The Sn isotope composition of chondrites: implications for volatile element depletion in the Solar System

Xueying Wang, Caroline Fitoussi, Bernard Bourdon, Kevin Righter, Quentin Amet

Geochimica et Cosmochimica Acta
Available online 19 August 2021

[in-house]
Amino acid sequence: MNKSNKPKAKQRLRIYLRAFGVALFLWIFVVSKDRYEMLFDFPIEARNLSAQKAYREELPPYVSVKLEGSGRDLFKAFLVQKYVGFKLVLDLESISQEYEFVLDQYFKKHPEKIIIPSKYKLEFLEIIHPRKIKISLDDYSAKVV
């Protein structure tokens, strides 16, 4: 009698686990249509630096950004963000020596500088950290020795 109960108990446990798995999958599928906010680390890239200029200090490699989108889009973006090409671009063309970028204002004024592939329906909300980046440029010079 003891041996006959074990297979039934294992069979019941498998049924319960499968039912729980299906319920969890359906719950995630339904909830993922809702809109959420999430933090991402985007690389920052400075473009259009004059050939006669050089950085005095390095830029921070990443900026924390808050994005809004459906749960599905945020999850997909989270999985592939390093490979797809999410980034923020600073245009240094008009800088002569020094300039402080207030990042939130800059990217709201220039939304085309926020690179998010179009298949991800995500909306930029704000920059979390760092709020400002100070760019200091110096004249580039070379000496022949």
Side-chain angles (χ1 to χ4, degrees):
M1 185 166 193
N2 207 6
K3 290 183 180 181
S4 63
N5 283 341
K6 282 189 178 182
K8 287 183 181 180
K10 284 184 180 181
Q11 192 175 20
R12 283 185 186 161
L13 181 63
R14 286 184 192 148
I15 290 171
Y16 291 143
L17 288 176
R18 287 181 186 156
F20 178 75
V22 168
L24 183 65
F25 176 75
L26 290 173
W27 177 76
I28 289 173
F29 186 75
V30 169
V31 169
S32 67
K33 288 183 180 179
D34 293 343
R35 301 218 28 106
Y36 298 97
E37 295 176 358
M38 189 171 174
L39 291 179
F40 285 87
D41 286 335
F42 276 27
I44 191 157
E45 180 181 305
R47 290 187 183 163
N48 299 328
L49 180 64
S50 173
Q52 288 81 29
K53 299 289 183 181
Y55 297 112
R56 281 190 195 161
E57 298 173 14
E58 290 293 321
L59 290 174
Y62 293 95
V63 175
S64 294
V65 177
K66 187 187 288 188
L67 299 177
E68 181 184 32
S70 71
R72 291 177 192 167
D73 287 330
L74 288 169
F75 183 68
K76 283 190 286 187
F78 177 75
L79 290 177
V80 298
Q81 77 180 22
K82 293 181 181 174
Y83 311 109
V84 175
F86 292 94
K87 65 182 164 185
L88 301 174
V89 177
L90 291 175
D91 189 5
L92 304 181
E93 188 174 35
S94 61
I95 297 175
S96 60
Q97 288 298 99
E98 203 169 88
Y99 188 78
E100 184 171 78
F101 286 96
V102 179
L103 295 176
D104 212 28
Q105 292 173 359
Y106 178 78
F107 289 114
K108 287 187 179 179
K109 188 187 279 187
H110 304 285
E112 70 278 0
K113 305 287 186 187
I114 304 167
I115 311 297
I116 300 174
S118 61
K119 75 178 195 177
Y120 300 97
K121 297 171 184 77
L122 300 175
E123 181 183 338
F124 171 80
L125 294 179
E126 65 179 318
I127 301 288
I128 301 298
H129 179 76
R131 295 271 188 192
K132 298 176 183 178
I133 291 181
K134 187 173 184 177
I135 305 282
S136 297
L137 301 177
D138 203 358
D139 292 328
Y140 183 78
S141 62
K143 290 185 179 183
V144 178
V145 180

“The origin of volatile element depletion in terrestrial planets and meteorites relative to a solar composition represented by CI carbonaceous chondrites remains an unsolved problem. The isotope compositions of moderately volatile elements may offer the possibility to distinguish between the various processes that may have caused this depletion (e.g., partial condensation or partial evaporation). We report high precision Sn isotope measurements in carbonaceous chondrites and ordinary chondrites and the results are reported as δ124/116Sn. Four carbonaceous chondrites (Orgueil CI, Murchison CM2, NWA 5240 CV3 and Allende CV3) show a limited range in δ124/116Sn (–0.02‰ to 0.11‰) with an average value of 0.04±0.11‰ (2 s.d.) for a wide range of Sn concentrations (0.63 ppm to 1.57 ppm). The absence of Sn isotope fractionation among carbonaceous chondrites suggests that volatile depletion may have taken place under thermodynamic equilibrium conditions between solid and vapor in the Solar Nebula. Alternatively, the mixing of two components, a volatile-free component containing no Sn and a volatile-rich component could explain this trend. This latter hypothesis is consistent with the overall trace element pattern found in carbonaceous chondrites, showing a constant relative abundance when normalized to CI chondrites for the most volatile elements. In contrast with carbonaceous chondrites, ordinary chondrites exhibit a larger range of Sn isotope compositions (δ124/116Sn from–2.02‰ to 0.64‰), but neither the degree of metamorphism (3-6) nor the group (H, L, LL) is correlated with Sn isotopic variations, or with the Sn contents (range 0.20 to 1.44 ppm). Nineteen out of twenty-one ordinary chondrites are enriched in light Sn isotopes compared with carbonaceous chondrites and the bulk silicate Earth. The trace element patterns of volatile elements in ordinary chondrites suggest that equilibrated ordinary chondrites have been disturbed by parent body processes related to metamorphic or shock overprinting but also inherited isotope fractionation found in unequilibrated ordinary chondrites. Last, the isotope composition of the bulk silicate Earth (BSE) indicates that the volatile element depletion observed in the Earth took place in conditions perhaps similar to those of carbonaceous chondrites, as a simple model describing the effect of Earth’s core formation on Sn isotopes shows that the Sn isotope composition of the bulk Earth is identical to that of the BSE and of carbonaceous chondrites.”